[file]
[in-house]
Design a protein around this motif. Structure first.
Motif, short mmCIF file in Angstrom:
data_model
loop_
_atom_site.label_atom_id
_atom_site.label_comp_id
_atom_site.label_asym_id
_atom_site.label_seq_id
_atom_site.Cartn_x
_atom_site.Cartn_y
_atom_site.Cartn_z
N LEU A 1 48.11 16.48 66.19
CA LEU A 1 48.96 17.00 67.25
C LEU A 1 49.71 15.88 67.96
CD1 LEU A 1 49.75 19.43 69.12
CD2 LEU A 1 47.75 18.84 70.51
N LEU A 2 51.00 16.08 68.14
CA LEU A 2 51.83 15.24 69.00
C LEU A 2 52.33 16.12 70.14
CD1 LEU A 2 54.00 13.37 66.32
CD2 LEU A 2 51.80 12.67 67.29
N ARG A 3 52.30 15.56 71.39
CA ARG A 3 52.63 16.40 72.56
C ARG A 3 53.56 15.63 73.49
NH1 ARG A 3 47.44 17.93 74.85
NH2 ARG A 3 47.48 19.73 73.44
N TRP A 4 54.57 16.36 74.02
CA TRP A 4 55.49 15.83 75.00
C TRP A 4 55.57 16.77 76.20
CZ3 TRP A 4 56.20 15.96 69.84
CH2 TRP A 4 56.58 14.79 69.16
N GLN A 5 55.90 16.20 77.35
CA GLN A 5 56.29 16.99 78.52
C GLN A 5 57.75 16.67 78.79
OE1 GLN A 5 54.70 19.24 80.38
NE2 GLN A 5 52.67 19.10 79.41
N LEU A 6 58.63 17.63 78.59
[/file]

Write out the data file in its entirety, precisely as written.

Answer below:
[in-house]
Design a protein around this motif. Structure first.
Motif, short mmCIF file in Angstrom:
data_model
loop_
_atom_site.label_atom_id
_atom_site.label_comp_id
_atom_site.label_asym_id
_atom_site.label_seq_id
_atom_site.Cartn_x
_atom_site.Cartn_y
_atom_site.Cartn_z
N LEU A 1 48.11 16.48 66.19
CA LEU A 1 48.96 17.00 67.25
C LEU A 1 49.71 15.88 67.96
CD1 LEU A 1 49.75 19.43 69.12
CD2 LEU A 1 47.75 18.84 70.51
N LEU A 2 51.00 16.08 68.14
CA LEU A 2 51.83 15.24 69.00
C LEU A 2 52.33 16.12 70.14
CD1 LEU A 2 54.00 13.37 66.32
CD2 LEU A 2 51.80 12.67 67.29
N ARG A 3 52.30 15.56 71.39
CA ARG A 3 52.63 16.40 72.56
C ARG A 3 53.56 15.63 73.49
NH1 ARG A 3 47.44 17.93 74.85
NH2 ARG A 3 47.48 19.73 73.44
N TRP A 4 54.57 16.36 74.02
CA TRP A 4 55.49 15.83 75.00
C TRP A 4 55.57 16.77 76.20
CZ3 TRP A 4 56.20 15.96 69.84
CH2 TRP A 4 56.58 14.79 69.16
N GLN A 5 55.90 16.20 77.35
CA GLN A 5 56.29 16.99 78.52
C GLN A 5 57.75 16.67 78.79
OE1 GLN A 5 54.70 19.24 80.38
NE2 GLN A 5 52.67 19.10 79.41
N LEU A 6 58.63 17.63 78.59